In case you haven’t heard, there’s a pretty big debate sweeping America by storm. It’s on the forefront of millions of people’s minds, and it’s become so polarizing that even men who have held the position in the past are taking public sides – and sometimes not the side you’d expect.
Oh, and there’s also that presidential thing going on.
I’m talking Dak Prescott vs. Tony Romo – the biggest question mark America(‘s team) has faced since… well, I guess April when the team had a high first round draft pick and had to pick between Ezekiel Elliott and a slew of quality defensive players.
This conundrum, however, is far different than “a basket of deplorables” and “nasty women.”
For starters, nobody gets to vote, which, let’s be honest, is a good thing. I’m not sure fan input in the management of a professional sports team would ever yield positive results. If that were the case, Tony Romo would have probably been anywhere but Dallas in 2007, and the Cowboys would be stuck with a revolving door of signal callers like the Cleveland Browns have been for decades.
But maybe the biggest difference between the two hot-button debates America and America’s Team are facing is that in Dallas, both the candidates are, dare I say, likeable.
(Disclaimer: This isn’t an election endorsement, please don’t hunt me down.)
(Disclaimer II: Seriously, this is not an election endorsement.)
(Disclaimer III: November’s blog will probably be a public apology for somebody I offended.)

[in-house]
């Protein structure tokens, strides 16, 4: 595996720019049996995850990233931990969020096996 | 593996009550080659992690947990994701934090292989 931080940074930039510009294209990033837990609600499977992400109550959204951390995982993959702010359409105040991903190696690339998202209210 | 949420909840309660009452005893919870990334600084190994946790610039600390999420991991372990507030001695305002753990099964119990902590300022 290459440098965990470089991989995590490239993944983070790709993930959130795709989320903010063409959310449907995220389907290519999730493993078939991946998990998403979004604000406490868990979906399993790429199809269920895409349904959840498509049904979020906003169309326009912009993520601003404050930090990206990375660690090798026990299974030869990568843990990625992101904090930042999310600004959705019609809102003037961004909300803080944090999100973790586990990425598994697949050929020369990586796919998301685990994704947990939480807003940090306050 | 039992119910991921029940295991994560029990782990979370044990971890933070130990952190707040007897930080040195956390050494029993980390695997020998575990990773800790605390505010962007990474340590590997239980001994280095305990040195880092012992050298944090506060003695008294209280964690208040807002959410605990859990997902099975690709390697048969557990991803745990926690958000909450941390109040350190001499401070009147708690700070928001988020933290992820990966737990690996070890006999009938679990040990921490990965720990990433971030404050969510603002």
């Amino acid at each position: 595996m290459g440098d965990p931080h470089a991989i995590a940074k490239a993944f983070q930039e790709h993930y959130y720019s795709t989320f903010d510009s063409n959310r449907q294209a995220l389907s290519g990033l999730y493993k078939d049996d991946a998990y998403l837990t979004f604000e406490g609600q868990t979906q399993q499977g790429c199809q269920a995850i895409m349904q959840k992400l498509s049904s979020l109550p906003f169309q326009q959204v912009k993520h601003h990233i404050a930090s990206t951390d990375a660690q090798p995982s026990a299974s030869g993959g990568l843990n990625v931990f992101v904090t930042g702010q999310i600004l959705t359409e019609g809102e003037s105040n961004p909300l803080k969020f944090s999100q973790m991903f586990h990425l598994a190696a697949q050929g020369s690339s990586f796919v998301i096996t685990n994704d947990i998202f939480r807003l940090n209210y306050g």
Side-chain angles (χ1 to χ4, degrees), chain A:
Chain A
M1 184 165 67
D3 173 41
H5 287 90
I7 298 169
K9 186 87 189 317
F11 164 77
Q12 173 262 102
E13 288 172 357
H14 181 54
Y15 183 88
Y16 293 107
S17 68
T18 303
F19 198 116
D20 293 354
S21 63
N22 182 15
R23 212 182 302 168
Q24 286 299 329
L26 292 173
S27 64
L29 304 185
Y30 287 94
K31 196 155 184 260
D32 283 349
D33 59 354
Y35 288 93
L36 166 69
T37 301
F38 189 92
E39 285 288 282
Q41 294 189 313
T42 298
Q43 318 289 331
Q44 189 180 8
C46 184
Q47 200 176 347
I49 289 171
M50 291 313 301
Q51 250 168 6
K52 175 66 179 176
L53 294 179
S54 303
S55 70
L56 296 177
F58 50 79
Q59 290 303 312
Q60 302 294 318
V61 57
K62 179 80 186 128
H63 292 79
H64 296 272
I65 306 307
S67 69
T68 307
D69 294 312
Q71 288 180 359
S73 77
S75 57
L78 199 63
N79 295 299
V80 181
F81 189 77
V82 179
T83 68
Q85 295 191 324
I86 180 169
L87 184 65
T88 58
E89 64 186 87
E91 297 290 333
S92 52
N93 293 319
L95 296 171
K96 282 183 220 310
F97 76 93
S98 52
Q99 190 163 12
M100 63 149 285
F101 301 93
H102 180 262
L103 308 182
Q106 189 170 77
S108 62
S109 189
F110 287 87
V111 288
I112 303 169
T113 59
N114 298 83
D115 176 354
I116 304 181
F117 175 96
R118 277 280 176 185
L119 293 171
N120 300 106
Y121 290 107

Take Dak Prescott for example. As a 23-year-old rookie who has been thrust into the brightest spotlight in professional sports, he decided to forego appearing on a late night talk show this week to instead go home to Mississippi to spend time with his grandmother. He also turned down an overseas endorsement opportunity. If only Romo had done that when he was young in 2007 and not gone to Cabo…
But even across the aisle, Romo at age 36 has turned into one of the team’s most mature team leaders. Always calm and preaching the coach’s message, he threw a team get-together (you thought I was going to say “threw out his back,” didn’t you? Or “threw a pick?”) to maintain the team’s camaraderie, even though the national narrative is dictating that it’s not his team anymore.
If you’re a Cowboys fan, relish in this. There are about 20 teams in the NFL who wish they had a quarterback half as good as the two that Cowboys fans are quibbling over.
But this is life, so a decision must be made at some point. In the end, in order to Make America(‘s team) Great Again, the choice to me is clear: ride the hot hand, and let the guy who has led you to a record last seen in 2014, when you were a Dez Bryant “drop” away from going to the NFC Championship game, continue to do his thing.
As Texans frequently say: “If it ain’t broke, don’t fix it.” But if they go with a completely healthy Romo, is that really a bad thing?
If only the actual debates were like this.